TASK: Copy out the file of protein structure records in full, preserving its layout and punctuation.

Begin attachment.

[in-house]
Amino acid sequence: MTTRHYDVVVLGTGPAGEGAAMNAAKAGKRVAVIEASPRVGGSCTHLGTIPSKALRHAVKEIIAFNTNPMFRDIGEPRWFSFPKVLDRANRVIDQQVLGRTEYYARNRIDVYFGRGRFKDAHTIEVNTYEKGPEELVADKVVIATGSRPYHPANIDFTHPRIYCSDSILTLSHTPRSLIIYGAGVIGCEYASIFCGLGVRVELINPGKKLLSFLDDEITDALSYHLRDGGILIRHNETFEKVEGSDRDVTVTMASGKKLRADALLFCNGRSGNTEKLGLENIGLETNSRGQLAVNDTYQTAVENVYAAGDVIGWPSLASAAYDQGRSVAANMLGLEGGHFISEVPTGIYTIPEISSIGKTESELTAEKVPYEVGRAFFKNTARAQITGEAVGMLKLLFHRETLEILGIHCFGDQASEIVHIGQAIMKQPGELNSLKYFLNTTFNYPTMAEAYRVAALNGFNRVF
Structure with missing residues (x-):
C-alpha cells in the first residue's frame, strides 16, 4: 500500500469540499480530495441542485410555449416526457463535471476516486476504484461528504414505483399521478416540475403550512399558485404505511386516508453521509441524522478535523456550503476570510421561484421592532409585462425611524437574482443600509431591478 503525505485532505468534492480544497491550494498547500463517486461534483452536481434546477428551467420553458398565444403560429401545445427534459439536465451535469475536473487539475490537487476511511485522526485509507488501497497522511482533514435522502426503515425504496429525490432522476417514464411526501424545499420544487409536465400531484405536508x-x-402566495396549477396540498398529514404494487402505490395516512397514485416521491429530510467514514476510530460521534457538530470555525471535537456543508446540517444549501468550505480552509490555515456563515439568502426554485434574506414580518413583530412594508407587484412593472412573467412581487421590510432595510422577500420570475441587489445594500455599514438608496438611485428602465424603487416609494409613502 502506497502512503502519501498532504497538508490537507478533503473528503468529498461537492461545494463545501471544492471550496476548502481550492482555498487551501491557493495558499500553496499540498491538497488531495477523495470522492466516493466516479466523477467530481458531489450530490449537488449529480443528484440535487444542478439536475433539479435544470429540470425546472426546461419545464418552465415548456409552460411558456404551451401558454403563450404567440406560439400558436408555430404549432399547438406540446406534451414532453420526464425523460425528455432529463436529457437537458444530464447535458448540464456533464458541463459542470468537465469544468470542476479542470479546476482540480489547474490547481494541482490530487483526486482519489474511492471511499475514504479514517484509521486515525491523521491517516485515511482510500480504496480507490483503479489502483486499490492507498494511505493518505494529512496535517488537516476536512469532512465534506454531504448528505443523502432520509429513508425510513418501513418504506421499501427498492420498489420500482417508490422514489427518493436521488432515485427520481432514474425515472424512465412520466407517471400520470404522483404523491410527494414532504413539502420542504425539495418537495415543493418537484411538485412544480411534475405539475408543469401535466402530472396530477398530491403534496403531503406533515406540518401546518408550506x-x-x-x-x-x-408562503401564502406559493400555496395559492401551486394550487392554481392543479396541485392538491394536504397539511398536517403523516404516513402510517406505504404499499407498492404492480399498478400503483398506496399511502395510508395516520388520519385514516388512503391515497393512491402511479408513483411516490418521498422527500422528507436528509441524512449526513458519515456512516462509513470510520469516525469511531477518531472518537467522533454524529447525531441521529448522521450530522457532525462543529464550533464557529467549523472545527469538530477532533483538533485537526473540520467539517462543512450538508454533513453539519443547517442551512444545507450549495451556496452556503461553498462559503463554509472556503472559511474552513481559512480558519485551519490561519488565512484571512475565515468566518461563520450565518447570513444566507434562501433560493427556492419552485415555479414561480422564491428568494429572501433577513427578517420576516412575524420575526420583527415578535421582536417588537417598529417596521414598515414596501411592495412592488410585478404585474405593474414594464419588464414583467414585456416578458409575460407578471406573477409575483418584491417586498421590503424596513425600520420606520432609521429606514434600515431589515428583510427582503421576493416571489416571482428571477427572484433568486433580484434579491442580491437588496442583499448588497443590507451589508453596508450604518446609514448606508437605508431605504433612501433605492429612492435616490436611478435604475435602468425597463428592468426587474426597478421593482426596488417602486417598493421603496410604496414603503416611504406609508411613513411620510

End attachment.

[in-house]
Amino acid sequence: MTTRHYDVVVLGTGPAGEGAAMNAAKAGKRVAVIEASPRVGGSCTHLGTIPSKALRHAVKEIIAFNTNPMFRDIGEPRWFSFPKVLDRANRVIDQQVLGRTEYYARNRIDVYFGRGRFKDAHTIEVNTYEKGPEELVADKVVIATGSRPYHPANIDFTHPRIYCSDSILTLSHTPRSLIIYGAGVIGCEYASIFCGLGVRVELINPGKKLLSFLDDEITDALSYHLRDGGILIRHNETFEKVEGSDRDVTVTMASGKKLRADALLFCNGRSGNTEKLGLENIGLETNSRGQLAVNDTYQTAVENVYAAGDVIGWPSLASAAYDQGRSVAANMLGLEGGHFISEVPTGIYTIPEISSIGKTESELTAEKVPYEVGRAFFKNTARAQITGEAVGMLKLLFHRETLEILGIHCFGDQASEIVHIGQAIMKQPGELNSLKYFLNTTFNYPTMAEAYRVAALNGFNRVF
Structure with missing residues (x-):
C-alpha cells in the first residue's frame, strides 16, 4: 500500500469540499480530495441542485410555449416526457463535471476516486476504484461528504414505483399521478416540475403550512399558485404505511386516508453521509441524522478535523456550503476570510421561484421592532409585462425611524437574482443600509431591478 503525505485532505468534492480544497491550494498547500463517486461534483452536481434546477428551467420553458398565444403560429401545445427534459439536465451535469475536473487539475490537487476511511485522526485509507488501497497522511482533514435522502426503515425504496429525490432522476417514464411526501424545499420544487409536465400531484405536508x-x-402566495396549477396540498398529514404494487402505490395516512397514485416521491429530510467514514476510530460521534457538530470555525471535537456543508446540517444549501468550505480552509490555515456563515439568502426554485434574506414580518413583530412594508407587484412593472412573467412581487421590510432595510422577500420570475441587489445594500455599514438608496438611485428602465424603487416609494409613502 502506497502512503502519501498532504497538508490537507478533503473528503468529498461537492461545494463545501471544492471550496476548502481550492482555498487551501491557493495558499500553496499540498491538497488531495477523495470522492466516493466516479466523477467530481458531489450530490449537488449529480443528484440535487444542478439536475433539479435544470429540470425546472426546461419545464418552465415548456409552460411558456404551451401558454403563450404567440406560439400558436408555430404549432399547438406540446406534451414532453420526464425523460425528455432529463436529457437537458444530464447535458448540464456533464458541463459542470468537465469544468470542476479542470479546476482540480489547474490547481494541482490530487483526486482519489474511492471511499475514504479514517484509521486515525491523521491517516485515511482510500480504496480507490483503479489502483486499490492507498494511505493518505494529512496535517488537516476536512469532512465534506454531504448528505443523502432520509429513508425510513418501513418504506421499501427498492420498489420500482417508490422514489427518493436521488432515485427520481432514474425515472424512465412520466407517471400520470404522483404523491410527494414532504413539502420542504425539495418537495415543493418537484411538485412544480411534475405539475408543469401535466402530472396530477398530491403534496403531503406533515406540518401546518408550506x-x-x-x-x-x-408562503401564502406559493400555496395559492401551486394550487392554481392543479396541485392538491394536504397539511398536517403523516404516513402510517406505504404499499407498492404492480399498478400503483398506496399511502395510508395516520388520519385514516388512503391515497393512491402511479408513483411516490418521498422527500422528507436528509441524512449526513458519515456512516462509513470510520469516525469511531477518531472518537467522533454524529447525531441521529448522521450530522457532525462543529464550533464557529467549523472545527469538530477532533483538533485537526473540520467539517462543512450538508454533513453539519443547517442551512444545507450549495451556496452556503461553498462559503463554509472556503472559511474552513481559512480558519485551519490561519488565512484571512475565515468566518461563520450565518447570513444566507434562501433560493427556492419552485415555479414561480422564491428568494429572501433577513427578517420576516412575524420575526420583527415578535421582536417588537417598529417596521414598515414596501411592495412592488410585478404585474405593474414594464419588464414583467414585456416578458409575460407578471406573477409575483418584491417586498421590503424596513425600520420606520432609521429606514434600515431589515428583510427582503421576493416571489416571482428571477427572484433568486433580484434579491442580491437588496442583499448588497443590507451589508453596508450604518446609514448606508437605508431605504433612501433605492429612492435616490436611478435604475435602468425597463428592468426587474426597478421593482426596488417602486417598493421603496410604496414603503416611504406609508411613513411620510